My husband and I have three sons. They love Risk, backyard baseball, anything with a screen, and their daddy. They aren’t crazy about lima beans or black-eyed peas. They’re bursting with energy. (Why, yes, we do have a trampoline in our living room.) And, as you might imagine, my boys also regularly sin. I won’t pretend they don’t. But I’m not going to tell you about it, either.

huff-shutterstock_57014537-231x300I do talk about my kids. I often tell other parents stories about the day they made a cage out of bricks, in case they ever catch a bird, and the time they all ate jalapeños at the dinner table just to prove they could. I can remember the childhood pleasure of hearing my parents tell stories about me, and I hope that by telling stories about my kids, my children know that I love them and find them fascinating.

And when my child is ensnared in a sin, I sometimes get counsel. Several times, I lacked wisdom about how to address a sin pattern in my child’s life, and I privately sought wisdom from another godly person. When I quietly tell my child’s sins for the purpose of his rescue, I do well.

Not Public Property

But I want to caution fellow parents against telling us your children’s sins as if those stories are community property. The prevalence of this kind of sharing may have lulled us to believe it’s not a big deal. But it is.

Perhaps one of the most popular examples of telling children’s sin is the viral Tumblr “Reasons My Son Is Crying.” The site was launched by Greg Pembroke, who posted photos of his children in distress because of seemingly insignificant events. The captions describe tantrum-inducing moments like “I broke his cheese in half” and “the neighbor’s dog wasn’t outside.” Parents from all over the world resonated with the scenarios, and they began submitting photos of their own complaining children. Six months since its launch, the site has become so popular that Pembroke has included his favorite submissions in a book, recently released in the UK—with a U.S. edition scheduled for publication in the spring.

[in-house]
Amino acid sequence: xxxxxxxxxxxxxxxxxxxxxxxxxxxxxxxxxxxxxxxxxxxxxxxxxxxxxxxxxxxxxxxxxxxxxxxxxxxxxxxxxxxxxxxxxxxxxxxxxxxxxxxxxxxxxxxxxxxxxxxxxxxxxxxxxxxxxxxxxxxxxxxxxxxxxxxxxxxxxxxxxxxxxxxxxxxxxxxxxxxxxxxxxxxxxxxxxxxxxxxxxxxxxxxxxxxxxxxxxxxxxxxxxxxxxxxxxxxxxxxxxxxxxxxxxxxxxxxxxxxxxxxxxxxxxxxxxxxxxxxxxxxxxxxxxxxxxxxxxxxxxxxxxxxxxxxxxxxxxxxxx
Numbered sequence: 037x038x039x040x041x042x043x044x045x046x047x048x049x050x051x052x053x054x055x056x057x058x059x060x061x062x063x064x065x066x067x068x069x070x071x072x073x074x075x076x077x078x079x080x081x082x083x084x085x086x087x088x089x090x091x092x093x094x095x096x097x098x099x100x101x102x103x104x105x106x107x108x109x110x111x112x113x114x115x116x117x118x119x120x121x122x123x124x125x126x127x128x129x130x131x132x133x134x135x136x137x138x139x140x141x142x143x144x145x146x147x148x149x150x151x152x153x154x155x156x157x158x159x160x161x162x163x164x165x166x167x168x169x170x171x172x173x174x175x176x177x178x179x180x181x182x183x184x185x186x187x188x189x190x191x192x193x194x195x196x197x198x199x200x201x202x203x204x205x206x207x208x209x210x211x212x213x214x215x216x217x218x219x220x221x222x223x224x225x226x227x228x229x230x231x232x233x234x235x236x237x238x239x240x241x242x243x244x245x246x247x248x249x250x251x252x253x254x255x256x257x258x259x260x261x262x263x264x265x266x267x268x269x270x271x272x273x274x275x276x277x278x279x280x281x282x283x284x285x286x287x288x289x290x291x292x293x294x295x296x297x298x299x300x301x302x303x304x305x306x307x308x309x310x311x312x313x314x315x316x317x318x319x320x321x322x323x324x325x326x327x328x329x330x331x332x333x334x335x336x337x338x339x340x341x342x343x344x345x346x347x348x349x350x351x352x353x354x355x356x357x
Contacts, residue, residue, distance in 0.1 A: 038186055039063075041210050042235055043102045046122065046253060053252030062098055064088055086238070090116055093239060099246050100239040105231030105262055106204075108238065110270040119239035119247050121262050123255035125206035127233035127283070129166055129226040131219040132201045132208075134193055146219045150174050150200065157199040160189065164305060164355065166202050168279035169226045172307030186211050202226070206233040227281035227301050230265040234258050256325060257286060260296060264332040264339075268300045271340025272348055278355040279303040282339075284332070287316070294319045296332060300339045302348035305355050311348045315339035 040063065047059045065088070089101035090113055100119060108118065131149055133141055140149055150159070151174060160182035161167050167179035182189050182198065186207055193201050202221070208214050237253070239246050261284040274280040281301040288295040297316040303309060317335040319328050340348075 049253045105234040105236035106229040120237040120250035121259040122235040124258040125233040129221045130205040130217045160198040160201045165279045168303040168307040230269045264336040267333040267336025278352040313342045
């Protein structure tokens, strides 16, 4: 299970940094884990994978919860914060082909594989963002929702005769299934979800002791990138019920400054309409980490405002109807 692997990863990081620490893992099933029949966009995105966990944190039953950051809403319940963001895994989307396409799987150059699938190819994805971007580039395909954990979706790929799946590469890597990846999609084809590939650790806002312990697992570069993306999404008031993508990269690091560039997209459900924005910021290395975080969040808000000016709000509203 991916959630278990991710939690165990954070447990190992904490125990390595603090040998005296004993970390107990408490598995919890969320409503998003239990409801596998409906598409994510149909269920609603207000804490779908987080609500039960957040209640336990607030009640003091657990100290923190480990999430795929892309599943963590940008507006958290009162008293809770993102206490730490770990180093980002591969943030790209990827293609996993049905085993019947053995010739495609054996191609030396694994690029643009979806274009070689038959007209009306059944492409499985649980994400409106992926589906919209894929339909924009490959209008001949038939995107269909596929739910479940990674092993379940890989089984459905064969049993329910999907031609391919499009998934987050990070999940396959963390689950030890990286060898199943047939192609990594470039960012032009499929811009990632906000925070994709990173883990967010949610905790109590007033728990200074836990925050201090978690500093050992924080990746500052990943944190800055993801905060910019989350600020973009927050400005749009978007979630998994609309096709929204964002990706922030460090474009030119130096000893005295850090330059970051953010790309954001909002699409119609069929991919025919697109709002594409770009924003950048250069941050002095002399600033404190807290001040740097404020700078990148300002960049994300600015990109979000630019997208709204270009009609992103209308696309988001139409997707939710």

Christian parents might feel above this kind of crass oversharing, but, often, we are not. From blogs to Bible studies—wherever parents gather—stories of children’s misbehavior flow freely. It’s not unusual for a mother to walk in to a gathering of Christian women, sullen child in tow, and proceed to tell everyone about her young child’s last hour of disobedience. Frequently, the women of the group will listen, roll their eyes, and groan in sympathy. Most parents have been in a similar situation, and perhaps we have told some of the stories ourselves.

Parents announce their children’s sins for a variety of reasons. Being a parent is a lonely job, and we can wrongly use our children’s sinful antics to build camaraderie with other parents. We can also be personally frustrated by our children’s actions and leverage the telling of their sins to justify our own impatience and anger. And, particularly online, we sometimes tell our children’s sins as a way to establish our family’s authentic credentials as “real” and “broken” people.

None of these is a good reason to forget that our children are also our biblical neighbors. I may have authority over my children, but I don’t own them or their stories. My children are neither my possessions nor extensions of myself. They are image-bearing individuals with souls that will last forever. And one of my first obligations to my children is to treat them with kindness and dignity as my neighbors. I am obligated to look out for their interests (Phil. 2:4), and I must treat my children as I desire to be treated (Matt. 7:12). Even when it comes to their sin.